Violence toward health workers in Bahrain Defense Force Royal Medical Services’ emergency department
Authors Rafeea F, Al Ansari A, Abbas EM, Elmusharaf K, Abu Zeid MS
Received 1 August 2017
Accepted for publication 2 October 2017
Published 8 November 2017 Volume 2017:9 Pages 113—121
Checked for plagiarism Yes
Review by Single anonymous peer review
Peer reviewer comments 2
Editor who approved publication: Dr Hans-Christoph Pape
Faisal Rafeea,1 Ahmed Al Ansari,2–4 Ehab M Abbas,1 Khalifa Elmusharaf,5 Mohamed S Abu Zeid1
1Emergency Department, Bahrain Defense Force Hospital, Riffa, Bahrain; 2Training and Education Department, Bahrain Defense Force Hospital, Riffa, Bahrain; 3Department of General Surgery, College of Medicine and Medical Science, Arabian Gulf University, Manama, Bahrain; 4Medical Education Department, Royal College of Surgeons in Ireland - Medical University of Bahrain, Busaiteen, Bahrain; 5Graduate Entry Medical School, University of Limerick, Ireland
Background: Employees working in emergency departments (EDs) in hospital settings are disproportionately affected by workplace violence as compared to those working in other departments. Such violence results in minor or major injury to these workers. In other cases, it leads to physical disability, reduced job performance, and eventually a nonconducive working environment for these workers.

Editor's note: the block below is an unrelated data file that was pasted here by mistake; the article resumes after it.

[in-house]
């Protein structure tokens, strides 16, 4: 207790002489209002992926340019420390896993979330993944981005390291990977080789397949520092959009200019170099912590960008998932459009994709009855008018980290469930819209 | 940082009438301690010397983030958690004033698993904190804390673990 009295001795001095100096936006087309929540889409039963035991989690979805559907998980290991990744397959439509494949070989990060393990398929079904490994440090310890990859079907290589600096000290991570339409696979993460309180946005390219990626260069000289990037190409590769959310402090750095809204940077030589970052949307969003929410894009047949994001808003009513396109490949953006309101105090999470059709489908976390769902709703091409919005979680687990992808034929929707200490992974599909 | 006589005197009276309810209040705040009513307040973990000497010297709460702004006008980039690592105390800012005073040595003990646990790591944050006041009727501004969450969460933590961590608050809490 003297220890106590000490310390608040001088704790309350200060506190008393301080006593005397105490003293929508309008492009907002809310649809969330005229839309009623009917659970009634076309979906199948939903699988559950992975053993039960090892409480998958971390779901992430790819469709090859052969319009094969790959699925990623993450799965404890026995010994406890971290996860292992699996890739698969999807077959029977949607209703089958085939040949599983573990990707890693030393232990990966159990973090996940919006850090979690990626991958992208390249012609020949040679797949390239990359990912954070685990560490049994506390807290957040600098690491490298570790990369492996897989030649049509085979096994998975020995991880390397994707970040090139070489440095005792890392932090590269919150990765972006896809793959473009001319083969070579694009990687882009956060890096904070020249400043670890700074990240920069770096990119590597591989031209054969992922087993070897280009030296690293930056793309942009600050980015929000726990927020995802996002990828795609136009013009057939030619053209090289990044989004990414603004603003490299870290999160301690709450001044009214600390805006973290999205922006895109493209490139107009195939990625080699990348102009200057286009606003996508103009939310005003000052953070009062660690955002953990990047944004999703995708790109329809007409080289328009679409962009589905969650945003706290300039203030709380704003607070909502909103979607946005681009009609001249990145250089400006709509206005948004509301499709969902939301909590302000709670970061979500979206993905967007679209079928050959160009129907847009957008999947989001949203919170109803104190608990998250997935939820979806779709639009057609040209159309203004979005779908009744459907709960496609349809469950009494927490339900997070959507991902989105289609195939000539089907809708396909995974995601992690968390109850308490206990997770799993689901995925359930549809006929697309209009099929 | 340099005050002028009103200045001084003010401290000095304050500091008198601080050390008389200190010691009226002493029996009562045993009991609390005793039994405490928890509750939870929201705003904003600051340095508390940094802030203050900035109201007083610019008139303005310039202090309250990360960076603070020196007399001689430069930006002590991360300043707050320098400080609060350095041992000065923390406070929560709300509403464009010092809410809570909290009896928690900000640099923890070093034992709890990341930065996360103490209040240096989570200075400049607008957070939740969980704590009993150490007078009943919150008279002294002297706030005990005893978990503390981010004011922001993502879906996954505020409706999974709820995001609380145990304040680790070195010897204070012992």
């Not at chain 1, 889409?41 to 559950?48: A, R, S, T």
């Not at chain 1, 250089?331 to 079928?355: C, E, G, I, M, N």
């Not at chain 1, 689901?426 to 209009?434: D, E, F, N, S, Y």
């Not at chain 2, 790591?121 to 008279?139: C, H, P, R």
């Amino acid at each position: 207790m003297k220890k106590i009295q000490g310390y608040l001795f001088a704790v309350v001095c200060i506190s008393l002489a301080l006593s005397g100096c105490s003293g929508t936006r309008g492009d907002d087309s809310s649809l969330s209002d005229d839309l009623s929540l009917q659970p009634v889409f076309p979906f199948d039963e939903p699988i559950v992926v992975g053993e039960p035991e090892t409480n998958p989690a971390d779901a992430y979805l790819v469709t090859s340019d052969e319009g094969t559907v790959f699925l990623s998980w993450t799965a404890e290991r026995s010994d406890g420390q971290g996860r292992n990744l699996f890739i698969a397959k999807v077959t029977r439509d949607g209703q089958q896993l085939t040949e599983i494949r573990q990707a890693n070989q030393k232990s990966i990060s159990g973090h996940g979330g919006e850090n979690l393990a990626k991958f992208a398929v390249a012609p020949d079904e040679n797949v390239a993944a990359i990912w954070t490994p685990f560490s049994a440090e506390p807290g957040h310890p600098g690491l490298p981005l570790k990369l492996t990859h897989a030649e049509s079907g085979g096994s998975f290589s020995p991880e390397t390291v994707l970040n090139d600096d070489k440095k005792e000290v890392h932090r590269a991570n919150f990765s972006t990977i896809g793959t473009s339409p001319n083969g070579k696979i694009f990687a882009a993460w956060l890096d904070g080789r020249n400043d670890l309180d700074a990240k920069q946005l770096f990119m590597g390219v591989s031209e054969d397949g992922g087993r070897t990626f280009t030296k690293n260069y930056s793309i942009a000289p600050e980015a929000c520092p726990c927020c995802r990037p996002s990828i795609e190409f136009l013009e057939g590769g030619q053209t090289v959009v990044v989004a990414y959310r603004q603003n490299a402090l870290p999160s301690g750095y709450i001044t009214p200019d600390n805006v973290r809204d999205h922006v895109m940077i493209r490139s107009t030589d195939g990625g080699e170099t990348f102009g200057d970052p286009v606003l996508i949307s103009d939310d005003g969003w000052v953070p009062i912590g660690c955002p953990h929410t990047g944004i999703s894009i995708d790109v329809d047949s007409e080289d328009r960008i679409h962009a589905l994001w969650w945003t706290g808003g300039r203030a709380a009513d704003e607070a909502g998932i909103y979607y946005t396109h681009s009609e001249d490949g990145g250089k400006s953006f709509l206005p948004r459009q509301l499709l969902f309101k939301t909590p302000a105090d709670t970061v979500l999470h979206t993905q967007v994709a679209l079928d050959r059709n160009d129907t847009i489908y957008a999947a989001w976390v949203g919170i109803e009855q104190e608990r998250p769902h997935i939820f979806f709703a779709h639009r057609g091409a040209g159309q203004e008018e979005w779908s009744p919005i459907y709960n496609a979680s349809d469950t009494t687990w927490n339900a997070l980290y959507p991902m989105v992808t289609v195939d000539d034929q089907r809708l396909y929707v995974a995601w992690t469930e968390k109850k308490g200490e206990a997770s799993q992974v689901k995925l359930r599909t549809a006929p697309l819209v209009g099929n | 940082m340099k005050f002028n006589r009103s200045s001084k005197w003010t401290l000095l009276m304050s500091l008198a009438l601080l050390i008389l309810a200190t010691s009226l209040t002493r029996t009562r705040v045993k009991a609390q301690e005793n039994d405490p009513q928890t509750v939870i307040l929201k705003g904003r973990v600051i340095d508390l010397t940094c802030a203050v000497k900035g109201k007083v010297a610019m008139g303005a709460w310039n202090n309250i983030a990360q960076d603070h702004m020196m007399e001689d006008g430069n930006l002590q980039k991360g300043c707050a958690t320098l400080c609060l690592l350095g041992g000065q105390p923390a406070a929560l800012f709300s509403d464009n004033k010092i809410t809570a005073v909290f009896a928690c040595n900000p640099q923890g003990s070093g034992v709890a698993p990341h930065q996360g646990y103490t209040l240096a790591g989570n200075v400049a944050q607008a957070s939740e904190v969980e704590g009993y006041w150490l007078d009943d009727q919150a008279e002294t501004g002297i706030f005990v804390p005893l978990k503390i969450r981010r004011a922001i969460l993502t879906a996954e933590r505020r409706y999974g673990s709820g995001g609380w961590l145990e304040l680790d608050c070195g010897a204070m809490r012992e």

Materials and methods: A cross-sectional exploratory questionnaire was used to collect data used for the examination of the incidents of violence in the workplace. This study was carried out at the ED of the Bahrain Defense Force (BDF) Hospital. Participants for the study were drawn from nurses, support staff, and emergency physicians. Both male and female workers were surveyed.
Results: The study included responses from 100 staff in the ED of the BDF Hospital in Bahrain (doctors, nurses, and support personnel). The most experienced type of violence in the workers in the past 12 months in this study was verbal abuse, which was experienced by 78% of the participants, which was followed by physical abuse (11%) and then sexual abuse (3%). Many cases of violence against ED workers occurred during night shifts (53%), while physical abuse was reported to occur during all the shifts; 40% of the staff in the ED of the hospital were not aware of the policies against workplace violence, and 26% of the staff considered leaving their jobs at the hospital.
Conclusion: This study reported multiple findings on the number of workplace violence incidents, as well as the characteristics and factors associated with violence exposure in ED staff in Bahrain. The results clearly demonstrate the importance of addressing the issue of workplace violence in EDs in Bahrain and can be used to demonstrate the strong need for interventions.
Keywords: emergency department, hospital safety, nurses, verbal and physical violence, workplace violence, Bahrain
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